Timezone naming

Markus G. Kuhn kuhn at cs.purdue.edu
Tue Nov 26 23:51:56 UTC 1996

In message <199611262146.WAA14614 at uriah.heep.sax.de>, J Wunsch wrote:

> As Markus G. Kuhn wrote:
> >   - I hardly ever have seen MET and METDST used anywhere outside the Unix
> But we _are_ in the Unix world.  Our ``target market'' is not outside,
> but inside this world.

The time zone string CET or MET is never parsed by any software, because in
all applications (e-mail, news, etc.) the time format standards require
that a numeric local time - UTC offset is also provided (e.g., required by
RFC822 except for US names) and the numeric value is then used. Therefore,
MET->CET is no compatibility problem.

Consequently: Only humans have to recognize the time zone abbreviation
and it definitely does not make sense here to use one that does not
follow common practice (Langenscheid, PTB, SkyTV, CNN, etc.).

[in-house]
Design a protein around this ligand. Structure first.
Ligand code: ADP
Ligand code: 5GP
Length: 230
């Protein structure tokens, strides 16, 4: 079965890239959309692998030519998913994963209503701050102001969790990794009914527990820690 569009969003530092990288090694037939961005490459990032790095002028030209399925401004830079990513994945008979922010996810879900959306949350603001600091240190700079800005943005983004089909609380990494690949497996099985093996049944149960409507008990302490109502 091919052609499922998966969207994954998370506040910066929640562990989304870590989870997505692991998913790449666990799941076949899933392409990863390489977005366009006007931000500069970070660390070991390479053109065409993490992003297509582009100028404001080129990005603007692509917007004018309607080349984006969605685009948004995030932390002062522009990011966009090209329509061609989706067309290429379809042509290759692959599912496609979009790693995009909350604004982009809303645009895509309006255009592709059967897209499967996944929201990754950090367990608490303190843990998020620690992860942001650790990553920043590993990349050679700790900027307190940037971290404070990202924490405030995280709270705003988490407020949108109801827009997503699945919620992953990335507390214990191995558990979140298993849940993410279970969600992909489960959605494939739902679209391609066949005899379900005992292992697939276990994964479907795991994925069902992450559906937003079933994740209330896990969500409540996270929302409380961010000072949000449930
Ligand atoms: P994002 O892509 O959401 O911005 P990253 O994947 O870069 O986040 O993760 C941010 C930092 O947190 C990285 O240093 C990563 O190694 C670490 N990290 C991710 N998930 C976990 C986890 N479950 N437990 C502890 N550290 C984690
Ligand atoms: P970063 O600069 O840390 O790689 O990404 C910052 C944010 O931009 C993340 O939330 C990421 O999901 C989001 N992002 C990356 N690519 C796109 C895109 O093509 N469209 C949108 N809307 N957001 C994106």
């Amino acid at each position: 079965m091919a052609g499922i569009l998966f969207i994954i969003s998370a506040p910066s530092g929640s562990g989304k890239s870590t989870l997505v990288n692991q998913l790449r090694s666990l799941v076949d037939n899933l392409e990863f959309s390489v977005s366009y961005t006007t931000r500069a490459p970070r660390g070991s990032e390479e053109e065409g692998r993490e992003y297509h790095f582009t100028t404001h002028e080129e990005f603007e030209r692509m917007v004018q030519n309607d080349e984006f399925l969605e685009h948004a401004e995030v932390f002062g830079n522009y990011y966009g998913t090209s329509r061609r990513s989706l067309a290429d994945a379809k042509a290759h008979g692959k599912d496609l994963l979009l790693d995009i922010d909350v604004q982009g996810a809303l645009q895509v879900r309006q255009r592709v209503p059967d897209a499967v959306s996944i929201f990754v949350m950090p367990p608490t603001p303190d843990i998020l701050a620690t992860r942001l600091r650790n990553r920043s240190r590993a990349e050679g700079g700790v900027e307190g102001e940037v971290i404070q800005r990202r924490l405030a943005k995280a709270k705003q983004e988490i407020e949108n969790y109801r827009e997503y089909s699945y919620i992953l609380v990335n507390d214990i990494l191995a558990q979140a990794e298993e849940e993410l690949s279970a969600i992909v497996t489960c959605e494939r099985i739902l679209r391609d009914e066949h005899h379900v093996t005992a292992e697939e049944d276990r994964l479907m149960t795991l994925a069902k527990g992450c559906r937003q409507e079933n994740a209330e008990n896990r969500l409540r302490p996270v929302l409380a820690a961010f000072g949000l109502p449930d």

> Sorry, i can't remember you starting a discussion in de.comp.os.unix.
> That's where those affected by your decision can be found.  Why didn't
> you ask there what people would prefer?

May be you simply read the wrong groups. A large MET->CET discussion took
place in de.comp.standards and CET was after a brief exchange of arguments
quite quickly the common consens. Give me around 48 hours, then I have some
time to start a small educational flame war in de.comp.os.unix. I think,
I am quite good at this ... ;-)  Let's see in two weeks again what the
USENET mob thinks then.

> The American Indians don't really live in India,
> but changing this name after years of usage wouldn't make sense,
> either.

Here you really have very litte idea of what you are talking about: They are
called "Native Americans" today. Political correctness ideology requires
the Americans to change terminology every ten years and believe me, they
are quite good at this!


Markus G. Kuhn, Computer Science grad student, Purdue
University, Indiana, USA -- email: kuhn at cs.purdue.edu

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